Back in 2017, when I floated out of the French Embassy, New York City sparkled around me. I biked to Central Park, found a bench in the sun, and basked in the feeling of being closer to my goal. Leaving the prefecture this past October, I was no less ecstatic. Even if they involve months of planning and paperwork, for me, each visa is a new lease on life, a government stamped document promising I can keep pursuing my dreams.

Gracie Bialecki is a writer and literary coach who lives in Paris, France. She is the co-founder of the storytelling series Thirst, a poetry editor at Paris Lit Up, and the author of the novel Purple Gold (ANTIBOOKCLUB).

Photo used with permission of the author.

electricity in France

A French Telemarketing Experience

During my time in France I’ve gotten a few telemarketing calls.  Once, my internet company SFR called offering a slightly better version of the home internet plan I already had.  The call lasted maybe 15 minutes in total and I saved a few euros per month with no real additional work on my part.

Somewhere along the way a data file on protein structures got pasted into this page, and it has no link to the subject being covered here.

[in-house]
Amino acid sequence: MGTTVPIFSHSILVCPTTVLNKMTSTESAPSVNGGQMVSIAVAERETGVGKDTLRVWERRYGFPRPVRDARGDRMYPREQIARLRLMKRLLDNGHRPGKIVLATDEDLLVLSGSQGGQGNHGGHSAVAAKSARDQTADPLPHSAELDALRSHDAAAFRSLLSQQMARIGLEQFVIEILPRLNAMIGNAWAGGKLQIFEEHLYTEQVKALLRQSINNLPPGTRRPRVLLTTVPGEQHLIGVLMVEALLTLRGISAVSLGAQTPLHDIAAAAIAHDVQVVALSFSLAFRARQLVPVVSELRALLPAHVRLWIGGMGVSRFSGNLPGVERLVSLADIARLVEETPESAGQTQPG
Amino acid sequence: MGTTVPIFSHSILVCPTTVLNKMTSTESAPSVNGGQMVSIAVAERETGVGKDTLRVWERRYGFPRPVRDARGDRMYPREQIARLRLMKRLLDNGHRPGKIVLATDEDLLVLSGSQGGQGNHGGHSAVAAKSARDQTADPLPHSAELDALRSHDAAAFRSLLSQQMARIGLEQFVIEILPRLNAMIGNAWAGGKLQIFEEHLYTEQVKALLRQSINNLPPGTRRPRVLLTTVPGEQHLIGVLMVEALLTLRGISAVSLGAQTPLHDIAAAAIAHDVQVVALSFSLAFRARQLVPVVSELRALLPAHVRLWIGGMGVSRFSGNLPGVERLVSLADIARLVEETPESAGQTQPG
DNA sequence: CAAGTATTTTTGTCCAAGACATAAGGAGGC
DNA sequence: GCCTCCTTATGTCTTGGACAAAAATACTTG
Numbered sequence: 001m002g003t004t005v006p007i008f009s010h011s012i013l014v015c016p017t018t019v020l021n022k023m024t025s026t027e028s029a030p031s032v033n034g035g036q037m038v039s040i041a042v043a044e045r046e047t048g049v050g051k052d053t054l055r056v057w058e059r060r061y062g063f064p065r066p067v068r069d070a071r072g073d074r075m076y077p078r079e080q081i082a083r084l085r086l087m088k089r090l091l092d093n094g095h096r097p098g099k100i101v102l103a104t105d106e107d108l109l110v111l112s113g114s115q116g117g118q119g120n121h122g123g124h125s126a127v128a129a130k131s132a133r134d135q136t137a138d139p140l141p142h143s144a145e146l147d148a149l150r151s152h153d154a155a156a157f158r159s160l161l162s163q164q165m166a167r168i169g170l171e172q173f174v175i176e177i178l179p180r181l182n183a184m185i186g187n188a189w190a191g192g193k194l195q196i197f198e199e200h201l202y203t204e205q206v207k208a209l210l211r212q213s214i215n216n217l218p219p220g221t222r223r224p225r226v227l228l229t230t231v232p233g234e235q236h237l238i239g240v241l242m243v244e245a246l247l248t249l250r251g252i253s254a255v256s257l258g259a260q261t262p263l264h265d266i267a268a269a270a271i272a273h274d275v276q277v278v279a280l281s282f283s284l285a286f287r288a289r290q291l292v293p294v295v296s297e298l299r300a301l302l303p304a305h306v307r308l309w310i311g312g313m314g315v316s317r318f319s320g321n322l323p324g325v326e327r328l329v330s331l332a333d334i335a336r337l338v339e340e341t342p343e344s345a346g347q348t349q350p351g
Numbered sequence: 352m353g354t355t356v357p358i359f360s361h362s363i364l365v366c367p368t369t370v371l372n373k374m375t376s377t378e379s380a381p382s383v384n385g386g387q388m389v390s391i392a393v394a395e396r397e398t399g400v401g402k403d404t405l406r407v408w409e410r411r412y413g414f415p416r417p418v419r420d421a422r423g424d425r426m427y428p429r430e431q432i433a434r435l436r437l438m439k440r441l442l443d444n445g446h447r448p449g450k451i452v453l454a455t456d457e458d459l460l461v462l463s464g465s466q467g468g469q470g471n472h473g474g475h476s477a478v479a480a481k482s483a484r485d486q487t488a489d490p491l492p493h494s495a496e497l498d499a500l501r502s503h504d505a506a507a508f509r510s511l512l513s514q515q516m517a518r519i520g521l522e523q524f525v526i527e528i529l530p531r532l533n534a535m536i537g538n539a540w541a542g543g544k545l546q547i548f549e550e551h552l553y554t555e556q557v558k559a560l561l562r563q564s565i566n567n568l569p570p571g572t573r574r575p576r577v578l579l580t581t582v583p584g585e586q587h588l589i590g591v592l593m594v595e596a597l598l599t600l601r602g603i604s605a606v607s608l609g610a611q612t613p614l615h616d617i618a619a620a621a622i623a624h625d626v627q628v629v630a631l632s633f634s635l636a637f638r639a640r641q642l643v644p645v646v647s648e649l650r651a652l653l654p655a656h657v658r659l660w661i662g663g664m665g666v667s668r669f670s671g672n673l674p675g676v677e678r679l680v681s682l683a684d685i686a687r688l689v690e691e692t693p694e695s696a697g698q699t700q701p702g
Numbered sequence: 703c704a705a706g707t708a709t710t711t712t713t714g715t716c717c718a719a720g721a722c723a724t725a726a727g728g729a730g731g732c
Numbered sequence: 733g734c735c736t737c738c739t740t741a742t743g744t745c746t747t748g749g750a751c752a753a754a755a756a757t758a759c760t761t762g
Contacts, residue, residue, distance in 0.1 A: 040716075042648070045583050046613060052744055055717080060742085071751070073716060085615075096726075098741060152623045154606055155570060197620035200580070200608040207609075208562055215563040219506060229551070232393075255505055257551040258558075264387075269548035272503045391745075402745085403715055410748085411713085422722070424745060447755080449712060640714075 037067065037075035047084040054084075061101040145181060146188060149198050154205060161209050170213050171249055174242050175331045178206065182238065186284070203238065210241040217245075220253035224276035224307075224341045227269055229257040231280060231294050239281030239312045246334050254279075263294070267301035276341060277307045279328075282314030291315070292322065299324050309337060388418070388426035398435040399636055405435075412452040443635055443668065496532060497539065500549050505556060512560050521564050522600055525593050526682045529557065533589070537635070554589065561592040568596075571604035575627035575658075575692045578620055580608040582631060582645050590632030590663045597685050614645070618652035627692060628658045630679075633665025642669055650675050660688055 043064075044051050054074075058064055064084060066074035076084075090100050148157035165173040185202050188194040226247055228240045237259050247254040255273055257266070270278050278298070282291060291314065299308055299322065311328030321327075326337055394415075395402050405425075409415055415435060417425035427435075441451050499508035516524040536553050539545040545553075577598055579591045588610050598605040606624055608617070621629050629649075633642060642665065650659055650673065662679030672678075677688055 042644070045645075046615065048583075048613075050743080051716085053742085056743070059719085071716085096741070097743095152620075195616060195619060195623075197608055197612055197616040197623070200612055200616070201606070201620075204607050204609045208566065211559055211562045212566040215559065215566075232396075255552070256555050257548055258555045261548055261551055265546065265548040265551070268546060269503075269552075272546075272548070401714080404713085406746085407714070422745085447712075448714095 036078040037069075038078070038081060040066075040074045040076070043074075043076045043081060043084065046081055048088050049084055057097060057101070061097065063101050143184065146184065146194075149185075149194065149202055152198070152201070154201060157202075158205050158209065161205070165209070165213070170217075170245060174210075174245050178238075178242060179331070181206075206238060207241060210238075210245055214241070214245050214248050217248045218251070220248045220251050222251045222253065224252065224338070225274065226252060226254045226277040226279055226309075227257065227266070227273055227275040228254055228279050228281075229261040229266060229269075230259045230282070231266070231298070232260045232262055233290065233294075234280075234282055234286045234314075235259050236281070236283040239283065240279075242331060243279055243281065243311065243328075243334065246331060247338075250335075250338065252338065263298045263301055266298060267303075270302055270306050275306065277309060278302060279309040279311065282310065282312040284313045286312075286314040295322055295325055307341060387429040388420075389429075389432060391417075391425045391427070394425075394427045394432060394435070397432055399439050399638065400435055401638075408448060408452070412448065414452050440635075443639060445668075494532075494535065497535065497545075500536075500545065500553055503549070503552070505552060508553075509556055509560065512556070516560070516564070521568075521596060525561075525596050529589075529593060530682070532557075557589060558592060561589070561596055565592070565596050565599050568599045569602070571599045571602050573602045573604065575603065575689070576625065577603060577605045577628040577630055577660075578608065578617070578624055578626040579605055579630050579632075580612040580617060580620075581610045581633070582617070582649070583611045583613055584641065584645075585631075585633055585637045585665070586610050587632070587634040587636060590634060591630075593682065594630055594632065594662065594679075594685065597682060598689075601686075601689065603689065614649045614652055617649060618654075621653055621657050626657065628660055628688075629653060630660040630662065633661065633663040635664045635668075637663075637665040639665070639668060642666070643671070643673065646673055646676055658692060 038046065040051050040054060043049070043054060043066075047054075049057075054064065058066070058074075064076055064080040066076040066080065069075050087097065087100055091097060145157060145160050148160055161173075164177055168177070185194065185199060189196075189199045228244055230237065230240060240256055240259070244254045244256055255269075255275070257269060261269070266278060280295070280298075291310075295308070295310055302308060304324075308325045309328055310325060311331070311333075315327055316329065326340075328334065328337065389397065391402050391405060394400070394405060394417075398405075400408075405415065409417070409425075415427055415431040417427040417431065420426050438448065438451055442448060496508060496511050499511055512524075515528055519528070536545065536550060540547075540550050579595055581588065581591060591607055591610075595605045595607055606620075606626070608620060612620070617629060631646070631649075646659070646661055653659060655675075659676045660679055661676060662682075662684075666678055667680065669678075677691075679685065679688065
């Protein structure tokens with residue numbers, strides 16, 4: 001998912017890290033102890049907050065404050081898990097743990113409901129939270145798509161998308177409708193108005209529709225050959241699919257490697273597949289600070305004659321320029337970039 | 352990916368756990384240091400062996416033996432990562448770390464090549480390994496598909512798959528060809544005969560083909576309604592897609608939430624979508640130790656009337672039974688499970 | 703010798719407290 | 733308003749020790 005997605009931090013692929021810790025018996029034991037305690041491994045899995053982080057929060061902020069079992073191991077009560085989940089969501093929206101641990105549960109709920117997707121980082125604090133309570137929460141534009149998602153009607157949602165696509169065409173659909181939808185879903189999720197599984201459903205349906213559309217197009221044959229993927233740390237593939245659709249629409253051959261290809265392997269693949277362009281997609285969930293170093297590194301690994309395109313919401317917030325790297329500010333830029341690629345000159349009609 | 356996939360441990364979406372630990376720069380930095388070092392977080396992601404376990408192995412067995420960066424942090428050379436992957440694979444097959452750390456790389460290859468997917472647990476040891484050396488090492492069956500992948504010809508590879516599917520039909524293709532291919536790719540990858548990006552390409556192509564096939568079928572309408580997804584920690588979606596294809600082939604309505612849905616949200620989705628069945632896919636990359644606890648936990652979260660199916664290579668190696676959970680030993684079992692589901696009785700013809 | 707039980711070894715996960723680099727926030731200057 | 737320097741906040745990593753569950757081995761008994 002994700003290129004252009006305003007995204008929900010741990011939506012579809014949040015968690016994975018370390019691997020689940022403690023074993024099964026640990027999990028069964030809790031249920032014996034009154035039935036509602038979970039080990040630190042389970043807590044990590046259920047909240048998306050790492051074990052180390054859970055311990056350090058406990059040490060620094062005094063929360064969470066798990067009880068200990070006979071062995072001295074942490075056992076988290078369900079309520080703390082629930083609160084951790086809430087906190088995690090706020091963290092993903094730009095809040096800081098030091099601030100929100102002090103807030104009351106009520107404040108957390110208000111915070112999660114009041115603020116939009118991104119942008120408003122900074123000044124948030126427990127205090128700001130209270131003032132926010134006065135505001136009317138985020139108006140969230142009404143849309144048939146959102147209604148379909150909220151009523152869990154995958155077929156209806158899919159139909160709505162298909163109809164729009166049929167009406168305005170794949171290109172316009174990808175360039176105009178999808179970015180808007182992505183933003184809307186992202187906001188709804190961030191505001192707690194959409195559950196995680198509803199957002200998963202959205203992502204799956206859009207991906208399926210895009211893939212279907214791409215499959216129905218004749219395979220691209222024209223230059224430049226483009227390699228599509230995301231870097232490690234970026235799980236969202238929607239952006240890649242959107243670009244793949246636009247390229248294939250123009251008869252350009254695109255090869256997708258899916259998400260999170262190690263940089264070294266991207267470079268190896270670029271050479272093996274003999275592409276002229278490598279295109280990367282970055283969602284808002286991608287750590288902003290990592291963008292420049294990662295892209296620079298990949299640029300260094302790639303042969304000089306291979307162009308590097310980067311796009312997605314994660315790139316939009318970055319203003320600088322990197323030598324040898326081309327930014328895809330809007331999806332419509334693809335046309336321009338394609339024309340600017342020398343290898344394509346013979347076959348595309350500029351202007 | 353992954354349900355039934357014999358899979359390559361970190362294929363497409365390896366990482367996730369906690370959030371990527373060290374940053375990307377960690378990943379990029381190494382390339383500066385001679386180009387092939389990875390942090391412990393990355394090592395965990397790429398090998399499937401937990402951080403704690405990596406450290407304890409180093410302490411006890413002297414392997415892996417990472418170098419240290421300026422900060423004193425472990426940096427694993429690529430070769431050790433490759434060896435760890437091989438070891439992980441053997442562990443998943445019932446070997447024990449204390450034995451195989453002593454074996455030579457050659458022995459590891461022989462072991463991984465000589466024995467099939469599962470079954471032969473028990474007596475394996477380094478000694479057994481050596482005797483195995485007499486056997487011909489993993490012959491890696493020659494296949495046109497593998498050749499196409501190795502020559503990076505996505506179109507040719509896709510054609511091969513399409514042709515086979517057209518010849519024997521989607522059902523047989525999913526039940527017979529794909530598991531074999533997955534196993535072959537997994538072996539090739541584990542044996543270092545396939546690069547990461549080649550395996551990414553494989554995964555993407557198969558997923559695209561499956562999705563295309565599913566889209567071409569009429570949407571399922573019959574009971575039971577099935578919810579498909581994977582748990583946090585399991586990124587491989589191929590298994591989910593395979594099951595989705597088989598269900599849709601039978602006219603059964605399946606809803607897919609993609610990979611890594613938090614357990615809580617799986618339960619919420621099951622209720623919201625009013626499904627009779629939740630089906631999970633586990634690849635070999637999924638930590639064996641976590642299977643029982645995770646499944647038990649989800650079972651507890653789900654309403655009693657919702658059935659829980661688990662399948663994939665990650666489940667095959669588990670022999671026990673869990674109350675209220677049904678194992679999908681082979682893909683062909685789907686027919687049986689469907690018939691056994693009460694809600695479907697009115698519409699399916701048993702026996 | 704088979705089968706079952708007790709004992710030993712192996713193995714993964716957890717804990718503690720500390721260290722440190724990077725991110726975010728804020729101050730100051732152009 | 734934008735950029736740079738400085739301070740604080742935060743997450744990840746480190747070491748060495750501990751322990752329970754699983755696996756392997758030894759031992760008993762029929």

Earlier this year, fresh off a score of 94/100 on a DELF exam, I confidently decided to say, “Okay,” when a friendly voice asked in French if I was willing to explore saving some money on my electricity bill.

I’ve written an article before explaining that in France electricity is deregulated and as such there are lots of different providers for electricity and gas.  I didn’t really hunt for the cheapest providers when I moved into my current apartment because I had a lot of other things to attend to.  But now that I had had EDF as my electricity provider since 2018 and knew exactly what I paid each month, I felt in control of the technical aspect of the conversation in addition to feeling there was no way he was going to ask me anything in French I would not understand.

My interlocutor was calm, with the perfect soothing voice all of us want to hear from someone trying to sell us something.  I happen to have smart meters for both electricity and gas so he asked me to read the meter numbers to him, which I did.